The Museum of Seismology and Earth Magnetism is housed in a building belonging to the Louis Pasteur University opened in 1900, and originally intended to be used as a central seismological station in Kaiser Wilhelm II’s German empire. Operational up until the 1970s, it was gradually replaced by more modern instruments based out in the Vosges hills.
The museum includes two separate collections of instruments: antique seismometers from the station and a series of devices used for measuring the earth’s magnetic field.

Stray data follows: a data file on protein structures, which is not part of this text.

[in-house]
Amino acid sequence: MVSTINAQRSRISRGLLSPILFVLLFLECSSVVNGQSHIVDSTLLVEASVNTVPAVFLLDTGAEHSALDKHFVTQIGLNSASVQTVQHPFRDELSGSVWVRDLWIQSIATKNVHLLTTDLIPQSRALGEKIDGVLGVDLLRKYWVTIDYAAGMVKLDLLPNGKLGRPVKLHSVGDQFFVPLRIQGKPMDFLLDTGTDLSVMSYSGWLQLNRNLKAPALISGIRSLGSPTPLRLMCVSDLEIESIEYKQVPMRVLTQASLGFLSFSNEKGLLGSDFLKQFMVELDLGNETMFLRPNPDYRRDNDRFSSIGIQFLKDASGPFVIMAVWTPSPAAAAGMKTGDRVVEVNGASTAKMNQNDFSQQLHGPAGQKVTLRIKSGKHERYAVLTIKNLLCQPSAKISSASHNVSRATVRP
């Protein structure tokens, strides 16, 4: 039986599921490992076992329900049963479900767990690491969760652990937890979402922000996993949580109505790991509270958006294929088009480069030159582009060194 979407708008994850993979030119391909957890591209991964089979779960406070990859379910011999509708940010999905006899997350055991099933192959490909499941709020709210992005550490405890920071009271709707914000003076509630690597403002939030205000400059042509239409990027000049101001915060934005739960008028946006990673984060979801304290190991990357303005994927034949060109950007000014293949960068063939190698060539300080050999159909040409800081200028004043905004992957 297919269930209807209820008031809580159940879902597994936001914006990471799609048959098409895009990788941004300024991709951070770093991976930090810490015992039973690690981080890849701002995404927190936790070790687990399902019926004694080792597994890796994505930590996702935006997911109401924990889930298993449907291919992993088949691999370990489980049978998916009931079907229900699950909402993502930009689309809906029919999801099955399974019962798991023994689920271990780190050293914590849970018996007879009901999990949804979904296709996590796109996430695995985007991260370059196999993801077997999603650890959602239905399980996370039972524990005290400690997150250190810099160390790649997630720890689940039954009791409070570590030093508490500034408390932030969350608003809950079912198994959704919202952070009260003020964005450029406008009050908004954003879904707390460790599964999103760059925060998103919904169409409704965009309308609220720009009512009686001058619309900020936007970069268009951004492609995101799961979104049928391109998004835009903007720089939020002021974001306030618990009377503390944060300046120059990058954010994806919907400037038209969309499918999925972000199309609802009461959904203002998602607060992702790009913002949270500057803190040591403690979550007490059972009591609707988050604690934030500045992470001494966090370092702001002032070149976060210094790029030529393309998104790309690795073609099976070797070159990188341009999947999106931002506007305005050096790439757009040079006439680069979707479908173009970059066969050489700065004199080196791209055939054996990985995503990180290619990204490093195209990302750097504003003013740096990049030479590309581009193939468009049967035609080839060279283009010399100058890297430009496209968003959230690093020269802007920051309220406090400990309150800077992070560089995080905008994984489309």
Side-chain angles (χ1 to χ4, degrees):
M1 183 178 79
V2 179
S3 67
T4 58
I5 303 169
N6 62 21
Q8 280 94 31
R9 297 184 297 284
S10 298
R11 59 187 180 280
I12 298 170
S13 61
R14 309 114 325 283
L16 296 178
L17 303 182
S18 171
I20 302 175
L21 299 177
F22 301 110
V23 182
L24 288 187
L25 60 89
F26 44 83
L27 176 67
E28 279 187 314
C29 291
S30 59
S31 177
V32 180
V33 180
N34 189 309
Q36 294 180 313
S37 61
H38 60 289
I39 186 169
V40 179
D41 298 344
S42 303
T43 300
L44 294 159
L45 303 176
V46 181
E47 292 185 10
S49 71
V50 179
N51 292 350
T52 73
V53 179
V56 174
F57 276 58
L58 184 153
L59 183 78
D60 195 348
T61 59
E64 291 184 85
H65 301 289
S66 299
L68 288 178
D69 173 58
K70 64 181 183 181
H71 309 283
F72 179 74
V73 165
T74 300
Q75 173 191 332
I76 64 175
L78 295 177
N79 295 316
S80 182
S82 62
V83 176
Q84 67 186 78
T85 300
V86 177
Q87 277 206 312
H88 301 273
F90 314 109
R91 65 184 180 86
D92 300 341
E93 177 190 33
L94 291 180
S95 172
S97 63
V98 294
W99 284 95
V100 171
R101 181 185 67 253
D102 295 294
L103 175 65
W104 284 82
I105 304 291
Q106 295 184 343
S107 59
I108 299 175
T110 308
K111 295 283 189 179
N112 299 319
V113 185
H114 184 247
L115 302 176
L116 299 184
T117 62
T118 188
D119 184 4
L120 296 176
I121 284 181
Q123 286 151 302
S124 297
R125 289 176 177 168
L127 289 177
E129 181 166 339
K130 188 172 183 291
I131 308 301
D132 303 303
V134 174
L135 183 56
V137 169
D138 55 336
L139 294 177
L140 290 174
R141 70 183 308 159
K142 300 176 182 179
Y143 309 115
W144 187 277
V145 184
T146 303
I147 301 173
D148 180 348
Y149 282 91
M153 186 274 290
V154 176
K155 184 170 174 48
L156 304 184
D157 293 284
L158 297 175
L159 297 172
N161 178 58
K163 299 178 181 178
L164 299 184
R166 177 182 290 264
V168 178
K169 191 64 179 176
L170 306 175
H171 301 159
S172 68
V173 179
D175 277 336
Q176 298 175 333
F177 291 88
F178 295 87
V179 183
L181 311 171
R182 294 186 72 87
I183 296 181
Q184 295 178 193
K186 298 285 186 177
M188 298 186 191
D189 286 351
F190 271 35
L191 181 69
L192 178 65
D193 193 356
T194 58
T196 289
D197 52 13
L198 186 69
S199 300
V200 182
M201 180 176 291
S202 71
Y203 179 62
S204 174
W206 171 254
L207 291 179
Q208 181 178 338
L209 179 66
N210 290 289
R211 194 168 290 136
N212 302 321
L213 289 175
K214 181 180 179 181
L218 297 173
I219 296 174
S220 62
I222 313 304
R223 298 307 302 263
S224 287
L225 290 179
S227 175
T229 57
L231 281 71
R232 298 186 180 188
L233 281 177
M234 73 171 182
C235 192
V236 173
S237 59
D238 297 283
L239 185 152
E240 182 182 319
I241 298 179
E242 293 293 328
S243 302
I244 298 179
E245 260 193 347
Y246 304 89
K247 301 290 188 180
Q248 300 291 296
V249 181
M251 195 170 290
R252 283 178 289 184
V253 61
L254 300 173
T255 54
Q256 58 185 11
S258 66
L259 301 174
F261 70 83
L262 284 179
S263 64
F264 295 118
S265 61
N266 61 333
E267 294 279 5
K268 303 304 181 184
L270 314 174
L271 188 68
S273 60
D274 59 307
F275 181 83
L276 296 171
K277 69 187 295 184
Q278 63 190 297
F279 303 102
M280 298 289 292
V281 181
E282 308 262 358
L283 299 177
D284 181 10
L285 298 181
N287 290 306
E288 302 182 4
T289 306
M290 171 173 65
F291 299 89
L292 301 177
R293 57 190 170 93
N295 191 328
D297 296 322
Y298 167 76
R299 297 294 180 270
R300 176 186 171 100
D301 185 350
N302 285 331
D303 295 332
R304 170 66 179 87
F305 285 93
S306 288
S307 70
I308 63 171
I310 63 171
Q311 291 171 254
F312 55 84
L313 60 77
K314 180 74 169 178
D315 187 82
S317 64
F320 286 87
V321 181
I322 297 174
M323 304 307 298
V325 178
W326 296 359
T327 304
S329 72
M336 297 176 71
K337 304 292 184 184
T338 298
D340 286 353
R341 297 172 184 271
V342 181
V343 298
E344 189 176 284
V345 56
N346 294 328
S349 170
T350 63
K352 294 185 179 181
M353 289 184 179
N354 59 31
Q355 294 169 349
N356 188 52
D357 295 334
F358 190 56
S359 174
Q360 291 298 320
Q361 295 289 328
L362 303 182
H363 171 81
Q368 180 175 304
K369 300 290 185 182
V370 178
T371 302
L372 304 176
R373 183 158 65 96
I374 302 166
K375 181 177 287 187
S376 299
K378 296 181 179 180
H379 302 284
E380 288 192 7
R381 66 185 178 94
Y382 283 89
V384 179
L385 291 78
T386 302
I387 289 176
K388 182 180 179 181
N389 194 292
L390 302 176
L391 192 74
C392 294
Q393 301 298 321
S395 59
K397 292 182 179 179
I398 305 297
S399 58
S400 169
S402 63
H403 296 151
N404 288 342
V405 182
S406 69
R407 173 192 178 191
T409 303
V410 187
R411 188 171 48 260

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Exploring the science of earthquakes and terrestrial magnetism. The Museum of Seismology was set up in 1900 in one of the buildings of the Strasbourg University complex constructed by the Germans. It was designed as a seismograph station when Alsace was occupied after the Franco-Prussian war (1870-71). The collection includes 18 instruments showing the evolution of seismometers from the early 19th century to the 1950's and a collection of instruments to measure the earth's magnetic field, the largest collection of such instruments gathered in one place.